Reducing harmful proteins in the fight against dementia | University of Oxford
Dementia with Lewy Bodies
Dementia with Lewy Bodies

Image credit: Prof George Tofaris

Reducing harmful proteins in the fight against dementia

Jacqueline Pumphrey

We probably all know someone who has dementia. By 2025, there will be 1 million people affected by it in the UK. Alzheimer’s disease is well known as the most common cause of dementia. But what about the third most common cause of dementia, Dementia with Lewy Bodies (DLB)?

Dementia with Lewy bodies

Frederic Henry Lewy, a prominent Jewish German-born American neurologist, first described the phenomenon that came to be known as 'Lewy bodies' in 1912. These 'bodies' are clumps of a sticky protein called alpha-synuclein that build up in nerve cells in the brain, causing damage and eventually death to these cells. Typically, they affect the cells that control thinking, memory and movement. In fact, Lewy bodies are the underlying cause of several progressive diseases affecting the brain and nervous system, including not only DLB but also Parkinson's disease.

We tend to get rid of this particular alpha-synuclein protein quite slowly, using a sophisticated 'clean-up crew' of enzymes. Studies of the brains of people who have died as a result of DLB have shown that one of these sets of enzymes is abnormally increased in the cells that contain the toxic protein clumps.

On the face of it, this may not seem to be a problem, but the system of waste-disposal enzymes is a complex one. They each have different roles and work together to regulate the level of alpha-synuclein. One set of enzymes is responsible for directly attacking the protein, whereas another – the one that is abnormally increased in DLB cases – counteracts this action. This set of enzymes works to either elongate or trim off a tag on alpha-synuclein. This tag is made up of molecules of a small protein called ubiquitin, and its regulation goes awry in patients with DLB.

Targeting the abnormally increased enzyme

Associate Professor George Tofaris, together with his research group in the Nuffield Department of Clinical Neurosciences, is working on the development of targeted biological therapies in neurodegenerative disorders. George explains that when it works, this tagging system is essentially 'a kiss of death for proteins, but a kiss of life for the cell because it gets rid of unwanted or toxic proteins'.

Alzheimer's Research UK has allocated £50,000 to George and his team to investigate how the enzymes in the ubiquitin system might be targeted, in order to improve the disposal of alpha-synuclein. So how will the team go about this ambitious project over the next two years?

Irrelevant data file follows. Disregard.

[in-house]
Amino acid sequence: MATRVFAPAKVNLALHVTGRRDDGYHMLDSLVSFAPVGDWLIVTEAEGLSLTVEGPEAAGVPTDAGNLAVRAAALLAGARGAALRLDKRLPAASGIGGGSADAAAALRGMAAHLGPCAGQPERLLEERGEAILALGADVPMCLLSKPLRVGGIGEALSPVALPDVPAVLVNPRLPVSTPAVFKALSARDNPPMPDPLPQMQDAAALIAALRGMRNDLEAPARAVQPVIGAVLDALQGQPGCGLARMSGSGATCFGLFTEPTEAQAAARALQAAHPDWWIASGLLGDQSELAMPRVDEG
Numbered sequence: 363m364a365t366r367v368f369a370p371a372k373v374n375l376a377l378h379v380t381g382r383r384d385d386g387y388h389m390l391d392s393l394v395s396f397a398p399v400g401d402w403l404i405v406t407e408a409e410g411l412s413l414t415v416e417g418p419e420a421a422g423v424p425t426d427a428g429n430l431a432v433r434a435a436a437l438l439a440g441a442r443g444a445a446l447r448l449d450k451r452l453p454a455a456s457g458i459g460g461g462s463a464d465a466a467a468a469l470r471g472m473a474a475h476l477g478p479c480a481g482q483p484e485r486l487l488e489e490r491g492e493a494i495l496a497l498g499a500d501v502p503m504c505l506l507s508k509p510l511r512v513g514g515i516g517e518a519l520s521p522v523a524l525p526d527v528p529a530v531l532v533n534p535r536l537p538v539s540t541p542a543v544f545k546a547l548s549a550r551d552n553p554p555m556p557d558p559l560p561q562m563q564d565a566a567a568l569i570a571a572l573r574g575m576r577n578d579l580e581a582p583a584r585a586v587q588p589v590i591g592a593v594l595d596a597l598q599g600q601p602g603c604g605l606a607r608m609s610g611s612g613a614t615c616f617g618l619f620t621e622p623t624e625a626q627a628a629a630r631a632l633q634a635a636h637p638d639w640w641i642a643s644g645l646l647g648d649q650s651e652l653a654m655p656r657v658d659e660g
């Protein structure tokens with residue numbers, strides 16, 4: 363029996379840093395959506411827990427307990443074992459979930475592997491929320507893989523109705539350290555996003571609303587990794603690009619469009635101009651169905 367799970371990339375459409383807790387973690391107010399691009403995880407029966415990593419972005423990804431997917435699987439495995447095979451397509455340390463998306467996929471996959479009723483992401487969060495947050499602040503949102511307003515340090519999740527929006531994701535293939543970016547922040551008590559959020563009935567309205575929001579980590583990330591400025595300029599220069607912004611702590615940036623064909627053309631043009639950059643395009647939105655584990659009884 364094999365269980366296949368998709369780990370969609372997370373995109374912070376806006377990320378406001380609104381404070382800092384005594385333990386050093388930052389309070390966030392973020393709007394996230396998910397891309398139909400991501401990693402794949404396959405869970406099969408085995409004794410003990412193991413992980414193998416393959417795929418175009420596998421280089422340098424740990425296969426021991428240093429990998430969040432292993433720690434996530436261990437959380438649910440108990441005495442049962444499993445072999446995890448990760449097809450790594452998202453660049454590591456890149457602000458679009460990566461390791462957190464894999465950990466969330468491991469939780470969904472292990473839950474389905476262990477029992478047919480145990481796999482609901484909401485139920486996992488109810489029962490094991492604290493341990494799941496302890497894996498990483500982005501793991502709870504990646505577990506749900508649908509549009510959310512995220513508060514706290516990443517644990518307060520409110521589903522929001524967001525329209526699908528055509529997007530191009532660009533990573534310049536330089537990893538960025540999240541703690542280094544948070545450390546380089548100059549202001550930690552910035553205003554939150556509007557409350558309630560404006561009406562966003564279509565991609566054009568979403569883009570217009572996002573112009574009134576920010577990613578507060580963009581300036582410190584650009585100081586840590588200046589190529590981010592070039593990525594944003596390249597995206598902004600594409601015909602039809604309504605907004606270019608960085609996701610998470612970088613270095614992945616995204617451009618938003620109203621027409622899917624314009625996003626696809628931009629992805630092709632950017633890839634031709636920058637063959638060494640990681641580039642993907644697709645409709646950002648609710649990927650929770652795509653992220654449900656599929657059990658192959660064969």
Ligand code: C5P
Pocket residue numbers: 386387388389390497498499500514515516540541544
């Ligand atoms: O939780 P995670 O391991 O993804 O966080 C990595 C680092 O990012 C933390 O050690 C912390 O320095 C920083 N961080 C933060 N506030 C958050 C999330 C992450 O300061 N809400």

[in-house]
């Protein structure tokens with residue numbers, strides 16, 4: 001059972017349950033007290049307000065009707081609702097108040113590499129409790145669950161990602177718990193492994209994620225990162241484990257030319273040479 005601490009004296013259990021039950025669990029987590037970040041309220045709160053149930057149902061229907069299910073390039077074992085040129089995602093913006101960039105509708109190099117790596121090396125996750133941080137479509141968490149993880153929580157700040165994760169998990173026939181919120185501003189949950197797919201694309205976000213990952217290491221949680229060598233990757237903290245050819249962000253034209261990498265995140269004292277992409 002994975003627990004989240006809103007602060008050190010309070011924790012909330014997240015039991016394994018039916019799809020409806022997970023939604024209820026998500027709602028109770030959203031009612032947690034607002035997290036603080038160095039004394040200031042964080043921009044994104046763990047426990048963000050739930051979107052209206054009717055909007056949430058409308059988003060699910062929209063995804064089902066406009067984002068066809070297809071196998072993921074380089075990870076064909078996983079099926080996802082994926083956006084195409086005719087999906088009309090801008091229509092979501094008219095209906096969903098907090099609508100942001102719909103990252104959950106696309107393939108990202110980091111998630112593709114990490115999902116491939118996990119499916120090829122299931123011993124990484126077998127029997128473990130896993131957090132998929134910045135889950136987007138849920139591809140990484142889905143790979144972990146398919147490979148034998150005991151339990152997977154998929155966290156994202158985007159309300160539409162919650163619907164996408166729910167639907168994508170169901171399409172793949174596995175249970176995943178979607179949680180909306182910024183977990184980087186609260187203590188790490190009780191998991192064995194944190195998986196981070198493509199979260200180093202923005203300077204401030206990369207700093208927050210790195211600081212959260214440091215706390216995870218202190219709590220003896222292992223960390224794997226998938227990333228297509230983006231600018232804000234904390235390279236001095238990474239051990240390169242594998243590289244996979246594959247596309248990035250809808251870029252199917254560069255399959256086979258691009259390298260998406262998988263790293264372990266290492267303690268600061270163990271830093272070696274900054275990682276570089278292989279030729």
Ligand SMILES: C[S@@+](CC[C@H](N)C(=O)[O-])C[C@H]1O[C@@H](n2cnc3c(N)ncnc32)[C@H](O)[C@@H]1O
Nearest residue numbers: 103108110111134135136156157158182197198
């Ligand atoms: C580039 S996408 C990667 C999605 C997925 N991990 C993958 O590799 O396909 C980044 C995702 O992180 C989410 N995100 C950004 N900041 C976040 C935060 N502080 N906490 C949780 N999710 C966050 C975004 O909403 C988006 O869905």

The first step is to work with others on screening the hundreds of possible chemical compounds that may have an effect on such enzymes in the test tube. Researchers will identify the structures of the compounds and make computational improvements in order to refine the list of compounds that will be used in the next stage of the experiment.

Moving on the second stage, George and his team will test the compounds on human brain cells. Researchers can create cortical neurons and dopamine cells – the brain cells affected by Lewy bodies – from skin cells, by using genes that regulate gene expression. This stem-cell technique is invaluable in allowing scientists to go straight from the test tube to working directly on a real human brain cell. The team will treat these brain cells with compounds and see which one has the most success in destroying the clumps of alpha-synuclein that can be triggered in these cells.

Neurological research such as this is mirroring the work that has been going on in the field of cancer for some time: targeting specific enzymes that have been identified in the lab as having a critical role in disease.

Paving the way for a new drug

After identifying an effective compound, the next step would be to test it in animals to see how the drug might affect the whole system, and to find out whether it can get through the blood brain barrier, a semi-permeable membrane separating the blood from the cerebrospinal fluid.

The good news is that even if this work doesn’t eventually result in a drug in tablet form, scientists will at least be in possession of good tools that can be used to manipulate alpha-synuclein and better understand how it is targeted for destruction.